The analgesic effect of the drug on formalin-induced pain over time is shown in Figure 3C,D. As seen in Figure 3E,F, the results showed that Syb-prII-1 could produce inhibitory effects in a dose-dependent manner and at the dosage of 2.0 mg/kg Syb-prII-1 could did as well as 200 mg/kg aspirin. This indicated that Syb-prII-1 could inhibit the ear edema by reducing the level of inflammatory responses during the acute inflammation.

2.3. Syb-prII-1 Lowers the Secretion Levels of Inflammatory Factors

The expression levels of inflammatory factors in tissues can be seen in Figure 4. In comparison with the blank control, the levels of IL-1β, IL-6, and TNF-α in the vehicle were promoted significantly; in addition, the expression level of IL-6 reached 3.28 times of that in the blank control. Moreover, as compared to the vehicle, both aspirin and Syb-prII-1 inhibited increases in inflammatory factors in xylene-induced ear edema in a dose-dependent manner.

2.4. Syb-prII-1 Reduces the Expression of the TTX-R Sodium Channel, Nav1.8, and Nav1.9

As seen in Figure 5, in comparison with vehicle, the expressions of Nav1.8 in L4-L6 DRGs in the morphine and Syb-prII-1/2 groups all decreased in a dose-dependent manner. Meanwhile, the levels of expressions of Nav1.9 at Syb-prII-1/2 groups rose slightly, indicating that Syb-prII-1/2 could not have the same impact on the expressions of Nav1.9 as they had in Nav1.8.

2.5. Syb-prII-1 Reduces the Phosphorylation of MAPKs

As known, MAPK pathways play an important role in both nociceptive pain and pathological pain, thus we explored the mechanism of the underlying therapeutic effect of Syb-prII-1/2. The results showed that Syb-prII-1 could inhibit the expression of P-ERK in a dose manner, especially at the dosage of 2.0 mg/kg, while Syb-prII-2 could not provide an ideal inhibition on the expression of P-ERK relevant to the standard level (Figure 6A,C). The expressions of P-JNK and P-P38 were impressionable and were remarkably decreased by morphine, Syb-prII-1, and Syb-prII-2. In addition, Syb-prII-1 and -2 produced significant effects in a dose-dependent manner at any dosage on p-JNK (Figure 6B,D), but only at the dosage of 2.0 mg/kg on P-P38 (Figure 6E,F).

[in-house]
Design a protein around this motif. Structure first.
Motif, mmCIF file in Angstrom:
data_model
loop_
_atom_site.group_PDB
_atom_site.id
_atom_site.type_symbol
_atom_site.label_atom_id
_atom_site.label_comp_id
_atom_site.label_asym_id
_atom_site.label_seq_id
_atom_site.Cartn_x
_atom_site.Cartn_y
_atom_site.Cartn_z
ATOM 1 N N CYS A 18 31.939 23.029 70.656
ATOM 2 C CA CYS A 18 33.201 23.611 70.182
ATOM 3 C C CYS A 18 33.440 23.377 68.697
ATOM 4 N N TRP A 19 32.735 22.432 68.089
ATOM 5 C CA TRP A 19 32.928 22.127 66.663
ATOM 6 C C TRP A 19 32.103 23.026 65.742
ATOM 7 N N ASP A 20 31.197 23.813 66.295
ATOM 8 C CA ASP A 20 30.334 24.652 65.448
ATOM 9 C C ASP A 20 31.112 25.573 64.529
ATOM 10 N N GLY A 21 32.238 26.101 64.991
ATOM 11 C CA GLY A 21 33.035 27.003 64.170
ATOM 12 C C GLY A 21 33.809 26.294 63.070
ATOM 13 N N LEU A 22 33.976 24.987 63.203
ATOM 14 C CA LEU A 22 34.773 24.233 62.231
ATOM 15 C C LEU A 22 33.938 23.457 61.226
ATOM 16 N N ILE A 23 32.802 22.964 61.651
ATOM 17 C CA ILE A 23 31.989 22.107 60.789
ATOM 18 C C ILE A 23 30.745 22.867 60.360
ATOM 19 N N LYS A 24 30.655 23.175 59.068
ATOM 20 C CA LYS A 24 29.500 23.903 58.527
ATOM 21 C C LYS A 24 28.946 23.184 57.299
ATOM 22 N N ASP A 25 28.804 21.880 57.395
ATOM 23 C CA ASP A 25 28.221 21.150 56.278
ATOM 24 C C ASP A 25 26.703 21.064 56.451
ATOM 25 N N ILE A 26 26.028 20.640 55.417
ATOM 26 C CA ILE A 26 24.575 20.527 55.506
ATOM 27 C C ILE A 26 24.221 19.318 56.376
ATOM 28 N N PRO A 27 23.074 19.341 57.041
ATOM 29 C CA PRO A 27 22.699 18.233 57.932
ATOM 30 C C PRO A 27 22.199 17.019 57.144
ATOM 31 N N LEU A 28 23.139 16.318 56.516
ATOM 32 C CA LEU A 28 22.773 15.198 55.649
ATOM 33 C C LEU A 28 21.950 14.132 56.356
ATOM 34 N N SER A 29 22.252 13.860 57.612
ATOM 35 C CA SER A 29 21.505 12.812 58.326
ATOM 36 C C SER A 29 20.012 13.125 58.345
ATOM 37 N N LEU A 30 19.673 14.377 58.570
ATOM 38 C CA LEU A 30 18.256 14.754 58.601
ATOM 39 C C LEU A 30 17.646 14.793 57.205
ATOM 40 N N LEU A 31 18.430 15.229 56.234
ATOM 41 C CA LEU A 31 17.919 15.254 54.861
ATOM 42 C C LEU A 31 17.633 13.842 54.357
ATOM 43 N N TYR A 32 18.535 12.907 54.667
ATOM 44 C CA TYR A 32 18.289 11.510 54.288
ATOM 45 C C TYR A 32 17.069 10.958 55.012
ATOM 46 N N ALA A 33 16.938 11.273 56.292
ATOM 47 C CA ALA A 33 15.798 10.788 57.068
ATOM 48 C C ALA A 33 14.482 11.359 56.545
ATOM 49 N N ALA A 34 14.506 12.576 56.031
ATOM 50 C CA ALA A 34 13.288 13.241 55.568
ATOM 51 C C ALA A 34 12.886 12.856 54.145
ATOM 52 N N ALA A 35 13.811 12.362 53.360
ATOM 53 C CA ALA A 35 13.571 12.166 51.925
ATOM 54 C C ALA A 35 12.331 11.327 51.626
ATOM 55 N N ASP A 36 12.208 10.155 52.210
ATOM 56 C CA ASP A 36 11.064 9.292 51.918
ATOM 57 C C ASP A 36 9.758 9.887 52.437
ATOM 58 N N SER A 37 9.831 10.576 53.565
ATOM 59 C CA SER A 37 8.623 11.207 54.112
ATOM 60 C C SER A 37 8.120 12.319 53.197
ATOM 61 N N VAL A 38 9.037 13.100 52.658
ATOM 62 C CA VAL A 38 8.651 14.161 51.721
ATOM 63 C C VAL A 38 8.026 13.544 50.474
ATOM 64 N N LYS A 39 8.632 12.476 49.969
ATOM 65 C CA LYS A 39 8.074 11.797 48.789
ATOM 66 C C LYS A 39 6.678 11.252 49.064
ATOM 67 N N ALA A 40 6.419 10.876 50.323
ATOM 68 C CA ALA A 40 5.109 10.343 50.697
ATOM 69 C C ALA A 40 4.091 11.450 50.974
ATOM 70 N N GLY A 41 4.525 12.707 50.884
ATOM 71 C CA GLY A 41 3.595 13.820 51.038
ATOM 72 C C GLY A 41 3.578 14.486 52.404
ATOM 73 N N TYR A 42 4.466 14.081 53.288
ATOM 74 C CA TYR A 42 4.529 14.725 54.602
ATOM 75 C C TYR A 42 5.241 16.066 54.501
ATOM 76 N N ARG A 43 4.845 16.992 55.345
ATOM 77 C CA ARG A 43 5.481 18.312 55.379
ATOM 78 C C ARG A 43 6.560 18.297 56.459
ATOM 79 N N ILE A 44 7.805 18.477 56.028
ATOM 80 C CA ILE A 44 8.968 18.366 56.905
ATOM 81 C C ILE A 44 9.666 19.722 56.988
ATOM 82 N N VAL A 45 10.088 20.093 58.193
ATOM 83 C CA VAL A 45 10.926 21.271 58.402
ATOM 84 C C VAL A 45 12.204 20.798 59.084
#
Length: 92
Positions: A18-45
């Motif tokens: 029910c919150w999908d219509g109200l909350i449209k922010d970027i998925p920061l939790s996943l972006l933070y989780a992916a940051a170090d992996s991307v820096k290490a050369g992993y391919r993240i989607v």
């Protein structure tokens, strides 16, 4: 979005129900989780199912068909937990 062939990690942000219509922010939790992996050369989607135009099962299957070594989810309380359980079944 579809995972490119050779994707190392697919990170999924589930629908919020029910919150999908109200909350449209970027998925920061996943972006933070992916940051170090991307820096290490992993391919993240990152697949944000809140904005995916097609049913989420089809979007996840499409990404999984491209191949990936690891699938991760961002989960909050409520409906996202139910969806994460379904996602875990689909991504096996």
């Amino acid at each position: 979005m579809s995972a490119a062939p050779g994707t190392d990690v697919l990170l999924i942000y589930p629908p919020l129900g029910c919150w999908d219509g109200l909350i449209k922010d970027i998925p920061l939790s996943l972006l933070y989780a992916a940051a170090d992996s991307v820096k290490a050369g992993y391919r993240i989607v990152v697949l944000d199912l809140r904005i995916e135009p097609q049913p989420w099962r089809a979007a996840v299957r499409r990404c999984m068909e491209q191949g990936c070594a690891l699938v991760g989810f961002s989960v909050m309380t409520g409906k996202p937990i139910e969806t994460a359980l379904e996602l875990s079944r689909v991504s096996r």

2.6. Effects of Syb-prII-1 on Nav1.8 Currents

The extracellular application of 4-AP, TEA, La3+, and TTX, as well as the addition of Cs+ to the recording electrode, blocked voltage-dependent calcium, potassium, and TTX-s currents. Figure 6 shows the normalized peak amplitude of INav1.8 induced by 100 ms depolarizing test pulses from −50 mV to +50 mV in 10-mV increments after 500 ms prepulses at −50 mV in the same DRG neurons from a holding potential −100 mV, and in this case INav1.9 are not activated because Nav1.9-mediated currents are activated at hyperpolarized potentials (Figure 7A) [12]. After pre-administration of Syb-prII-1, in comparison with the control, Syb-prII-1 offered obvious concentration-dependent inhibitory effects. It was observed that 10 nM peptide could significantly decrease the Nav1.8 current amplitude by 11.0 ± 3.9% (p < 0.05), and 1000 nM of Syb-prII-1 could reach the peak inhibitory effect of a reduction of 52.3 ± 1.8% (p < 0.001). It was found that 3000 nM of Syb-prII-1 could not provide further inhibition, with a value of 52.8 ± 4.1% (p < 0.001); furthermore, at this dose Syb-prII-1 presented cytotoxic activities (Figure 7C,D).

2.7. Effects of Syb-prII-1 on Activation and Inactivation Kinetics of Nav1.8 Currents